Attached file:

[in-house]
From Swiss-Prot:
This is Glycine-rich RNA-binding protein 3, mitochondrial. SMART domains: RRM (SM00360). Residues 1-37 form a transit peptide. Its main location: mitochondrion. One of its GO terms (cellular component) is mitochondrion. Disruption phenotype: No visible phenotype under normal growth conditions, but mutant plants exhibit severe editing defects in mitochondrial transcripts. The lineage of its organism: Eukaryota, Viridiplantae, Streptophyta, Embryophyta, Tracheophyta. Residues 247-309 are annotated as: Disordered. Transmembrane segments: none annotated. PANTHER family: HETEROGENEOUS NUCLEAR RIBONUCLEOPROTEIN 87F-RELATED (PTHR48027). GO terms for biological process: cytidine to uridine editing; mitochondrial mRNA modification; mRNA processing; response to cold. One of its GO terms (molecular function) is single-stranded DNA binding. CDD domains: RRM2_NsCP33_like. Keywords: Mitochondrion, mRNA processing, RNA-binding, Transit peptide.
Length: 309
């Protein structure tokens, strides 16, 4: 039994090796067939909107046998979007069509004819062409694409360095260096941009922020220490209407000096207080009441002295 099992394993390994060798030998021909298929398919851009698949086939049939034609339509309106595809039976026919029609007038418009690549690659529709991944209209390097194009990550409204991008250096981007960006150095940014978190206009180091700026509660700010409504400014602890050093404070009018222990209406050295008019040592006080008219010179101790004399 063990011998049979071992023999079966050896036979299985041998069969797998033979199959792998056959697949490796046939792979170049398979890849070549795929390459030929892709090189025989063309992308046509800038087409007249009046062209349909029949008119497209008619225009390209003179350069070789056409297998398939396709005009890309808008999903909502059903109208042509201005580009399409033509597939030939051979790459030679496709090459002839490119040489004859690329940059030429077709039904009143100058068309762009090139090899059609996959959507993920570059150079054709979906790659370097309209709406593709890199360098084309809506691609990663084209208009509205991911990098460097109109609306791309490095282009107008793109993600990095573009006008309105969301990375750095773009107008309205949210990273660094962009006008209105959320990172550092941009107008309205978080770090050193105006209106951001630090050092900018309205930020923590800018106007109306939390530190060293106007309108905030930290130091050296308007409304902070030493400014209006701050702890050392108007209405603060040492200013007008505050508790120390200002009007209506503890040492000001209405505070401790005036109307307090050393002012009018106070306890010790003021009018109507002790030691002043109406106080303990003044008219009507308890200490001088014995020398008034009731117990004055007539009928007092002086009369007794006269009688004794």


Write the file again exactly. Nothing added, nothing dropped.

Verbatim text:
[in-house]
From Swiss-Prot:
This is Glycine-rich RNA-binding protein 3, mitochondrial. SMART domains: RRM (SM00360). Residues 1-37 form a transit peptide. Its main location: mitochondrion. One of its GO terms (cellular component) is mitochondrion. Disruption phenotype: No visible phenotype under normal growth conditions, but mutant plants exhibit severe editing defects in mitochondrial transcripts. The lineage of its organism: Eukaryota, Viridiplantae, Streptophyta, Embryophyta, Tracheophyta. Residues 247-309 are annotated as: Disordered. Transmembrane segments: none annotated. PANTHER family: HETEROGENEOUS NUCLEAR RIBONUCLEOPROTEIN 87F-RELATED (PTHR48027). GO terms for biological process: cytidine to uridine editing; mitochondrial mRNA modification; mRNA processing; response to cold. One of its GO terms (molecular function) is single-stranded DNA binding. CDD domains: RRM2_NsCP33_like. Keywords: Mitochondrion, mRNA processing, RNA-binding, Transit peptide.
Length: 309
């Protein structure tokens, strides 16, 4: 039994090796067939909107046998979007069509004819062409694409360095260096941009922020220490209407000096207080009441002295 099992394993390994060798030998021909298929398919851009698949086939049939034609339509309106595809039976026919029609007038418009690549690659529709991944209209390097194009990550409204991008250096981007960006150095940014978190206009180091700026509660700010409504400014602890050093404070009018222990209406050295008019040592006080008219010179101790004399 063990011998049979071992023999079966050896036979299985041998069969797998033979199959792998056959697949490796046939792979170049398979890849070549795929390459030929892709090189025989063309992308046509800038087409007249009046062209349909029949008119497209008619225009390209003179350069070789056409297998398939396709005009890309808008999903909502059903109208042509201005580009399409033509597939030939051979790459030679496709090459002839490119040489004859690329940059030429077709039904009143100058068309762009090139090899059609996959959507993920570059150079054709979906790659370097309209709406593709890199360098084309809506691609990663084209208009509205991911990098460097109109609306791309490095282009107008793109993600990095573009006008309105969301990375750095773009107008309205949210990273660094962009006008209105959320990172550092941009107008309205978080770090050193105006209106951001630090050092900018309205930020923590800018106007109306939390530190060293106007309108905030930290130091050296308007409304902070030493400014209006701050702890050392108007209405603060040492200013007008505050508790120390200002009007209506503890040492000001209405505070401790005036109307307090050393002012009018106070306890010790003021009018109507002790030691002043109406106080303990003044008219009507308890200490001088014995020398008034009731117990004055007539009928007092002086009369007794006269009688004794």